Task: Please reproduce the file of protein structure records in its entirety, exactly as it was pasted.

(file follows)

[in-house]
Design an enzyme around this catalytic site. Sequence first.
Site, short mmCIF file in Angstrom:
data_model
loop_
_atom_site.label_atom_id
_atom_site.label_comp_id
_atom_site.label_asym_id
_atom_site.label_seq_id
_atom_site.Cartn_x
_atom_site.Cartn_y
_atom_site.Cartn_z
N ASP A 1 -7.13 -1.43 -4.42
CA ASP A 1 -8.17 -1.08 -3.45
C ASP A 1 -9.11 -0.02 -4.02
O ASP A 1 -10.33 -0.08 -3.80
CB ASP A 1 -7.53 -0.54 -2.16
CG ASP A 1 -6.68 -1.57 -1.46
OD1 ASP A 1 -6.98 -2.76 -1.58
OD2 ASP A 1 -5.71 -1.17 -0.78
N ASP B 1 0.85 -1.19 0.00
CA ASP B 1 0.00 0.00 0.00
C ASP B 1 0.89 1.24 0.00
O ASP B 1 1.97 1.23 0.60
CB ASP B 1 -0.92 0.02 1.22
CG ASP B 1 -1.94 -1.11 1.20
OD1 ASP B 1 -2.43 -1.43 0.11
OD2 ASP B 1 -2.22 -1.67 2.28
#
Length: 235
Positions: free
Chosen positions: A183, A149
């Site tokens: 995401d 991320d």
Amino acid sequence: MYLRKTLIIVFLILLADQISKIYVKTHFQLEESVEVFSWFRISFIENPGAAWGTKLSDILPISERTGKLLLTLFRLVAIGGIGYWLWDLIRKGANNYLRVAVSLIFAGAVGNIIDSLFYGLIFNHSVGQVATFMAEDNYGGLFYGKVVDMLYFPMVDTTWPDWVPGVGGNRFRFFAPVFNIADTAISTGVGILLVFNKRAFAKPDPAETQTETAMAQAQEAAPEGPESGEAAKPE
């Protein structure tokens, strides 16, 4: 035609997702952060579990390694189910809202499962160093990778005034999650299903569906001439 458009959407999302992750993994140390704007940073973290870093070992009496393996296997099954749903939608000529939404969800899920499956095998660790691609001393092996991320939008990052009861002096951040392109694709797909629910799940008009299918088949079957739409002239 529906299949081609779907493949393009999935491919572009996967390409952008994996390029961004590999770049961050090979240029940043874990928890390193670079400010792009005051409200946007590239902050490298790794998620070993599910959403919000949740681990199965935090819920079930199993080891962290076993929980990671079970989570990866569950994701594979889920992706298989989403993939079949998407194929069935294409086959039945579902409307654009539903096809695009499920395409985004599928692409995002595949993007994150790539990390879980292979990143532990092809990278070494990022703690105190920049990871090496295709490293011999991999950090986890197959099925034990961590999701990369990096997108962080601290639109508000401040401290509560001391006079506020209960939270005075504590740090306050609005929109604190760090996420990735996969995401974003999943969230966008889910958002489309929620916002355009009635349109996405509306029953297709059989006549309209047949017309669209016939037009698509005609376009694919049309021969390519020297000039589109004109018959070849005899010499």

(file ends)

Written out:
[in-house]
Design an enzyme around this catalytic site. Sequence first.
Site, short mmCIF file in Angstrom:
data_model
loop_
_atom_site.label_atom_id
_atom_site.label_comp_id
_atom_site.label_asym_id
_atom_site.label_seq_id
_atom_site.Cartn_x
_atom_site.Cartn_y
_atom_site.Cartn_z
N ASP A 1 -7.13 -1.43 -4.42
CA ASP A 1 -8.17 -1.08 -3.45
C ASP A 1 -9.11 -0.02 -4.02
O ASP A 1 -10.33 -0.08 -3.80
CB ASP A 1 -7.53 -0.54 -2.16
CG ASP A 1 -6.68 -1.57 -1.46
OD1 ASP A 1 -6.98 -2.76 -1.58
OD2 ASP A 1 -5.71 -1.17 -0.78
N ASP B 1 0.85 -1.19 0.00
CA ASP B 1 0.00 0.00 0.00
C ASP B 1 0.89 1.24 0.00
O ASP B 1 1.97 1.23 0.60
CB ASP B 1 -0.92 0.02 1.22
CG ASP B 1 -1.94 -1.11 1.20
OD1 ASP B 1 -2.43 -1.43 0.11
OD2 ASP B 1 -2.22 -1.67 2.28
#
Length: 235
Positions: free
Chosen positions: A183, A149
């Site tokens: 995401d 991320d």
Amino acid sequence: MYLRKTLIIVFLILLADQISKIYVKTHFQLEESVEVFSWFRISFIENPGAAWGTKLSDILPISERTGKLLLTLFRLVAIGGIGYWLWDLIRKGANNYLRVAVSLIFAGAVGNIIDSLFYGLIFNHSVGQVATFMAEDNYGGLFYGKVVDMLYFPMVDTTWPDWVPGVGGNRFRFFAPVFNIADTAISTGVGILLVFNKRAFAKPDPAETQTETAMAQAQEAAPEGPESGEAAKPE
């Protein structure tokens, strides 16, 4: 035609997702952060579990390694189910809202499962160093990778005034999650299903569906001439 458009959407999302992750993994140390704007940073973290870093070992009496393996296997099954749903939608000529939404969800899920499956095998660790691609001393092996991320939008990052009861002096951040392109694709797909629910799940008009299918088949079957739409002239 529906299949081609779907493949393009999935491919572009996967390409952008994996390029961004590999770049961050090979240029940043874990928890390193670079400010792009005051409200946007590239902050490298790794998620070993599910959403919000949740681990199965935090819920079930199993080891962290076993929980990671079970989570990866569950994701594979889920992706298989989403993939079949998407194929069935294409086959039945579902409307654009539903096809695009499920395409985004599928692409995002595949993007994150790539990390879980292979990143532990092809990278070494990022703690105190920049990871090496295709490293011999991999950090986890197959099925034990961590999701990369990096997108962080601290639109508000401040401290509560001391006079506020209960939270005075504590740090306050609005929109604190760090996420990735996969995401974003999943969230966008889910958002489309929620916002355009009635349109996405509306029953297709059989006549309209047949017309669209016939037009698509005609376009694919049309021969390519020297000039589109004109018959070849005899010499």